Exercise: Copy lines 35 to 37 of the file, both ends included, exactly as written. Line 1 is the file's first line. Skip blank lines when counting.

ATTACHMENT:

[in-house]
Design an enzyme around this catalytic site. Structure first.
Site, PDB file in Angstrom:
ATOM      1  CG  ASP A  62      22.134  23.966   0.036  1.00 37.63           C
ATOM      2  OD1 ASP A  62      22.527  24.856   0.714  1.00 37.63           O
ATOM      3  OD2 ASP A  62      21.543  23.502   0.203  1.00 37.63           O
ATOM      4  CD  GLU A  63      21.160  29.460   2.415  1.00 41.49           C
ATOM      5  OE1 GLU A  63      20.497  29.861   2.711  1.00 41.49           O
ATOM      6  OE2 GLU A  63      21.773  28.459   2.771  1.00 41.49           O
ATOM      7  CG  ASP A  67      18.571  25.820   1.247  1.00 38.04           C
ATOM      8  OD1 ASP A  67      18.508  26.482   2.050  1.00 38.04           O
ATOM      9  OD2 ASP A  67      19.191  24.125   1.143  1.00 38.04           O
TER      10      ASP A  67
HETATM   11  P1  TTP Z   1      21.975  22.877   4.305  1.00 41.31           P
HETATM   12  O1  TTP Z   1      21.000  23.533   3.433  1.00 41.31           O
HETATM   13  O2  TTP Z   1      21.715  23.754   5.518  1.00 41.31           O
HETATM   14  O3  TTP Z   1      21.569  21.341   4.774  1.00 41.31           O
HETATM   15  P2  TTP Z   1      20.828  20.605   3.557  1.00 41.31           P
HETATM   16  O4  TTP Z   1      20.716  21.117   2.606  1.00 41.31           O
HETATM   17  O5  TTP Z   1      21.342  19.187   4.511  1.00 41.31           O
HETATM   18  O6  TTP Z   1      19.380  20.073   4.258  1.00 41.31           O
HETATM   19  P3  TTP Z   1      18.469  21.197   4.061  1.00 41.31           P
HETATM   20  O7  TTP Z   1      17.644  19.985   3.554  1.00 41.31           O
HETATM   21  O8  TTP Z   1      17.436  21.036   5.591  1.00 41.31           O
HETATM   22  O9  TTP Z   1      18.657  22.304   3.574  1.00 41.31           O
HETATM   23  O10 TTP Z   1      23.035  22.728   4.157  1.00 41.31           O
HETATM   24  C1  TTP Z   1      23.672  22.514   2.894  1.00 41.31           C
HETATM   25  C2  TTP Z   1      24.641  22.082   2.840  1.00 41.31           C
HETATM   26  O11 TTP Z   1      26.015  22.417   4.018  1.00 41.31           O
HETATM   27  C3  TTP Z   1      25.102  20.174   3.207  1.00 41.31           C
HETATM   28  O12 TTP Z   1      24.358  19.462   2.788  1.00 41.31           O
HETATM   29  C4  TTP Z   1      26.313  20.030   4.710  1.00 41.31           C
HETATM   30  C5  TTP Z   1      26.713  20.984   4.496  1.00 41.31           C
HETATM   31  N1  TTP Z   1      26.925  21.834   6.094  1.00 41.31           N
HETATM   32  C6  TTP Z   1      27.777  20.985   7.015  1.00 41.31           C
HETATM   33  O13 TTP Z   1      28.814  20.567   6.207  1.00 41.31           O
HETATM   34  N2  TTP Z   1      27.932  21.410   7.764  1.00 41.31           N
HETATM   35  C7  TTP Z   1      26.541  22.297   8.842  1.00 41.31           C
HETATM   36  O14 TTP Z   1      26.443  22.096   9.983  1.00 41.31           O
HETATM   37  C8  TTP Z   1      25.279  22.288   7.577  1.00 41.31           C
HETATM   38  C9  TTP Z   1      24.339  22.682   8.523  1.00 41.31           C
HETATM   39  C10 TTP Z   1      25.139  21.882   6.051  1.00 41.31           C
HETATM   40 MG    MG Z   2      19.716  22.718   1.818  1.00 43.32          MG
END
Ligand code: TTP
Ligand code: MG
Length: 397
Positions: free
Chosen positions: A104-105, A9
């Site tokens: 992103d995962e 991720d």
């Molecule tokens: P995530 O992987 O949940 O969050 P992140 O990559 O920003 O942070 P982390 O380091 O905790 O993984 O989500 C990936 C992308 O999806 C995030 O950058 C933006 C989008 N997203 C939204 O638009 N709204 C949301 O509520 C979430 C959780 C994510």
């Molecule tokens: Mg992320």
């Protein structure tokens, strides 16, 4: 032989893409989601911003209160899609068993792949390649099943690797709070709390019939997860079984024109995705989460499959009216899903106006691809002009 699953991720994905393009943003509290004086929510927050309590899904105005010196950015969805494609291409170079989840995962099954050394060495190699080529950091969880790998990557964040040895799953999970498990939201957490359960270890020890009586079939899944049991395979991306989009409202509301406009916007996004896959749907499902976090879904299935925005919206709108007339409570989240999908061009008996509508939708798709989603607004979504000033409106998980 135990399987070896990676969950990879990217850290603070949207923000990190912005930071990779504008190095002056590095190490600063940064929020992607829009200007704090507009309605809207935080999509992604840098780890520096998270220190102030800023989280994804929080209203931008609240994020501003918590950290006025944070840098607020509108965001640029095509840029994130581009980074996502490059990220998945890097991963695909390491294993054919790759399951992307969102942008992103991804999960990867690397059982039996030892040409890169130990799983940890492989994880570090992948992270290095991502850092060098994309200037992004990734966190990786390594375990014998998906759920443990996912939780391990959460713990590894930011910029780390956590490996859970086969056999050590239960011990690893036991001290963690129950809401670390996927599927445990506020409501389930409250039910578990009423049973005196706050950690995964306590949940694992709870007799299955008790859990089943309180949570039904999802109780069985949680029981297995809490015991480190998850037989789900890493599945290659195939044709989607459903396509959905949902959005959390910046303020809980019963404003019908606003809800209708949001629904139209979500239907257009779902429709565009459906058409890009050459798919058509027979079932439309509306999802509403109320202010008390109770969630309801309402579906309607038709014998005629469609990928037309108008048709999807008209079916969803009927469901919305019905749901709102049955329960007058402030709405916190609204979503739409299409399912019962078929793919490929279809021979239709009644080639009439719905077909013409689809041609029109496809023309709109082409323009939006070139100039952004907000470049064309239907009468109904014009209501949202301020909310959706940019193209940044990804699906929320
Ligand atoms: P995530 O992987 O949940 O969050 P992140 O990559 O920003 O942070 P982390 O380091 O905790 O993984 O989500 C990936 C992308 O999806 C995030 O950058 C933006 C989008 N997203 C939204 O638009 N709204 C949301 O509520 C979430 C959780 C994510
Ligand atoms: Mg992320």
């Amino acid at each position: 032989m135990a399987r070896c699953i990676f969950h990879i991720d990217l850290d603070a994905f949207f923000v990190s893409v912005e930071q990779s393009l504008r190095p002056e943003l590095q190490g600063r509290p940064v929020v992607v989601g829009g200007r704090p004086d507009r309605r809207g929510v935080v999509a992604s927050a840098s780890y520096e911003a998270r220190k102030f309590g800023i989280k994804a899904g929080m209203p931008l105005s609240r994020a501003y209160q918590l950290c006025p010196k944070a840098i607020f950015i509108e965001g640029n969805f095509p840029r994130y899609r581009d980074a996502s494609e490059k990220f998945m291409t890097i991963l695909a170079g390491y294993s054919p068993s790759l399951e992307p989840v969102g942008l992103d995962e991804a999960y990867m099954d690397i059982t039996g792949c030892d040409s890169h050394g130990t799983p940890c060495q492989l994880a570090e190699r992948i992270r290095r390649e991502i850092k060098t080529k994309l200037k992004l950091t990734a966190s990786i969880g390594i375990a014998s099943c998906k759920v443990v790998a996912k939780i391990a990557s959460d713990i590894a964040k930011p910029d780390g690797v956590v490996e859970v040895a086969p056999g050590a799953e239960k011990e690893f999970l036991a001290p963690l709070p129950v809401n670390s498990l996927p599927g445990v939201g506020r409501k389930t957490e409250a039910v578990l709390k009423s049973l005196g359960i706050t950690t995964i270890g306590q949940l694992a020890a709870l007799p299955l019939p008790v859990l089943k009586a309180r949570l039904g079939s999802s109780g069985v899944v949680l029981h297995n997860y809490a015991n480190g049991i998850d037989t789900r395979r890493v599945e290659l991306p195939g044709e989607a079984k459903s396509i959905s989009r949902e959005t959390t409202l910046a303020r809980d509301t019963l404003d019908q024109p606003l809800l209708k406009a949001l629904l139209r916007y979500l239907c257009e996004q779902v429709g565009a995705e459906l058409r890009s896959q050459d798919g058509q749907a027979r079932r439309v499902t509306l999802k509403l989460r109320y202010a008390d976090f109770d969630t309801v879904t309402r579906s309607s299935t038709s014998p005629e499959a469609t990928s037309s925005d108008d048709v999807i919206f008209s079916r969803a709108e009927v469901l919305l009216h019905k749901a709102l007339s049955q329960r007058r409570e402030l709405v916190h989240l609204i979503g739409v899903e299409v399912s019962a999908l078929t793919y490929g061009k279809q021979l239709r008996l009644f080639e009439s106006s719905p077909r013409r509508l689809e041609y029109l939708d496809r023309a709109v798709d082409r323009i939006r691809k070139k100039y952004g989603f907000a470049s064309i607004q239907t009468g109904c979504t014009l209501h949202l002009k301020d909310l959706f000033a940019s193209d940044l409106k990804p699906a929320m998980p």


HETATM   32  C6  TTP Z   1      27.777  20.985   7.015  1.00 41.31           C
HETATM   33  O13 TTP Z   1      28.814  20.567   6.207  1.00 41.31           O
HETATM   34  N2  TTP Z   1      27.932  21.410   7.764  1.00 41.31           N